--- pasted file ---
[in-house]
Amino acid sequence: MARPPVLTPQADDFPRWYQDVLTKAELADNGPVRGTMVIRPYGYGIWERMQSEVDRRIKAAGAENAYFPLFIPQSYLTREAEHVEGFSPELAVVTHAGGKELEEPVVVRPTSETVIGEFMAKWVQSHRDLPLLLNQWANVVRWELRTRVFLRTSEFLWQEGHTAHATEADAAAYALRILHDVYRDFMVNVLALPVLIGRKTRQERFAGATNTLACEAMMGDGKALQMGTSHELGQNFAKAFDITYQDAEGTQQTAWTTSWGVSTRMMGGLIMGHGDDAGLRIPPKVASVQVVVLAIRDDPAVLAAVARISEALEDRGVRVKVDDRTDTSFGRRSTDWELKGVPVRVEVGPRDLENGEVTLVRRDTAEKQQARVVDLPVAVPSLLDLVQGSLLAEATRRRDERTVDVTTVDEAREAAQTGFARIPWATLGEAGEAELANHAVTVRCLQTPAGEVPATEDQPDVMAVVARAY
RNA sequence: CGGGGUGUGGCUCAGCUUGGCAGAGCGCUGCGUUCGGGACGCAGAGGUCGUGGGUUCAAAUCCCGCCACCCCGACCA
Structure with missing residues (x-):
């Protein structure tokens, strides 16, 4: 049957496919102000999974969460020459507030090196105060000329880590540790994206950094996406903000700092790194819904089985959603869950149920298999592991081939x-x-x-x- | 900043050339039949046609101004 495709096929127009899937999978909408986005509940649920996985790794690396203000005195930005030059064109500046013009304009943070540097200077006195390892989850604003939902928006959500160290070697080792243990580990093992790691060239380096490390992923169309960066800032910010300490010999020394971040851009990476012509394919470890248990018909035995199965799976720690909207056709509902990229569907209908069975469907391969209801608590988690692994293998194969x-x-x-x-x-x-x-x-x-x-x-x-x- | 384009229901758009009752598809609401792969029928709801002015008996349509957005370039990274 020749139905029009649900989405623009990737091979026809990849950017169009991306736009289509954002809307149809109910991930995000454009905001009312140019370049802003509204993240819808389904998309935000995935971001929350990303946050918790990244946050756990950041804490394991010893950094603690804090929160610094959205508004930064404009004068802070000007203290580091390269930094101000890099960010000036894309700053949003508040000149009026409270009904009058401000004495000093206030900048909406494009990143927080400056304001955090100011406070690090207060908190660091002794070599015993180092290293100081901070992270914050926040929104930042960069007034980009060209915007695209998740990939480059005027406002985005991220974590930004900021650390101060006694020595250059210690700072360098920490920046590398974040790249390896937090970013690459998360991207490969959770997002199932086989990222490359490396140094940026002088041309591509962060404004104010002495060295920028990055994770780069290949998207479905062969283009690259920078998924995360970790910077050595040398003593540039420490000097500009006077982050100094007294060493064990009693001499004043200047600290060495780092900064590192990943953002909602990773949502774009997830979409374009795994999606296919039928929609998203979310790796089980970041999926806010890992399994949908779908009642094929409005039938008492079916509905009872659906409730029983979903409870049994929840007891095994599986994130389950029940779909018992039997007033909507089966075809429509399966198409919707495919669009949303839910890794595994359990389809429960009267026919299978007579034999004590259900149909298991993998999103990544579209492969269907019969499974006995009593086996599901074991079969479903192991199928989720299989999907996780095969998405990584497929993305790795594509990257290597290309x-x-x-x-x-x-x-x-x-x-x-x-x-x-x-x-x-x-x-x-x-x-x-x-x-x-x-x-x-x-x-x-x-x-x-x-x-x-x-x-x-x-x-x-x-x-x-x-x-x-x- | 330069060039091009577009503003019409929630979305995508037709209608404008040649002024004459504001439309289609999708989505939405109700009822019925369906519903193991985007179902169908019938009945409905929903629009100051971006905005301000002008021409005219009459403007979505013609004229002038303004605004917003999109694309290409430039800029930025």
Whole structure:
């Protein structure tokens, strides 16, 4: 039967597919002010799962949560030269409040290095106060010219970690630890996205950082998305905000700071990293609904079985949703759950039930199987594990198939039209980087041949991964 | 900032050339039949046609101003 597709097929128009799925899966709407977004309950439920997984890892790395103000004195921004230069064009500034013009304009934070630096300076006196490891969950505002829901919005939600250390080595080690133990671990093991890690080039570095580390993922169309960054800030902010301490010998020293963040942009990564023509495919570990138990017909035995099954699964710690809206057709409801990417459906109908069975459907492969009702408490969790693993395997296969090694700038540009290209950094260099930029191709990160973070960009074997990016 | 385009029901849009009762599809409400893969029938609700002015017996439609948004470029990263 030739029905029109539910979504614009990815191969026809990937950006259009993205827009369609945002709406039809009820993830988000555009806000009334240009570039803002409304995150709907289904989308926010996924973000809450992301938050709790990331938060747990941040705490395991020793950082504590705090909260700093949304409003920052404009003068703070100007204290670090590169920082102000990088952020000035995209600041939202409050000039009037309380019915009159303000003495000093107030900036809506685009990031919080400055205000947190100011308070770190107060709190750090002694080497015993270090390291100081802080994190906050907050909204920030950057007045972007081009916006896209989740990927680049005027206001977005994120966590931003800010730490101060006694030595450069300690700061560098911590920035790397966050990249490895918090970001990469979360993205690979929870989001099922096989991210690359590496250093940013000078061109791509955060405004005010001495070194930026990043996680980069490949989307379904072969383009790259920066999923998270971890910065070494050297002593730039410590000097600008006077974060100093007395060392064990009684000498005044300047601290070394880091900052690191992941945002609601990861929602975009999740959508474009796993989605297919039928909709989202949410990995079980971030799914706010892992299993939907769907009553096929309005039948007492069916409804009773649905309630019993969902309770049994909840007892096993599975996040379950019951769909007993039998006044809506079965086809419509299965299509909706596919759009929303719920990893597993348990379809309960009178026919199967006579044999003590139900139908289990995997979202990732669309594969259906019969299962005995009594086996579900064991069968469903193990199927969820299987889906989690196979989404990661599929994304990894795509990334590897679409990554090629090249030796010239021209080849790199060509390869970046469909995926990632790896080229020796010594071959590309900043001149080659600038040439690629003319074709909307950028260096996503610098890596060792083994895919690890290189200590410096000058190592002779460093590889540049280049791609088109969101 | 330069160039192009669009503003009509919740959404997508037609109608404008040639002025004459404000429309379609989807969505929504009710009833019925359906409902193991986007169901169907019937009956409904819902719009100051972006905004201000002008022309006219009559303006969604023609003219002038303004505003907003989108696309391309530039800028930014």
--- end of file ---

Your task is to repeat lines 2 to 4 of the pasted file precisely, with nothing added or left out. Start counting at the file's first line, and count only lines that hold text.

Amino acid sequence: MARPPVLTPQADDFPRWYQDVLTKAELADNGPVRGTMVIRPYGYGIWERMQSEVDRRIKAAGAENAYFPLFIPQSYLTREAEHVEGFSPELAVVTHAGGKELEEPVVVRPTSETVIGEFMAKWVQSHRDLPLLLNQWANVVRWELRTRVFLRTSEFLWQEGHTAHATEADAAAYALRILHDVYRDFMVNVLALPVLIGRKTRQERFAGATNTLACEAMMGDGKALQMGTSHELGQNFAKAFDITYQDAEGTQQTAWTTSWGVSTRMMGGLIMGHGDDAGLRIPPKVASVQVVVLAIRDDPAVLAAVARISEALEDRGVRVKVDDRTDTSFGRRSTDWELKGVPVRVEVGPRDLENGEVTLVRRDTAEKQQARVVDLPVAVPSLLDLVQGSLLAEATRRRDERTVDVTTVDEAREAAQTGFARIPWATLGEAGEAELANHAVTVRCLQTPAGEVPATEDQPDVMAVVARAY
RNA sequence: CGGGGUGUGGCUCAGCUUGGCAGAGCGCUGCGUUCGGGACGCAGAGGUCGUGGGUUCAAAUCCCGCCACCCCGACCA
Structure with missing residues (x-):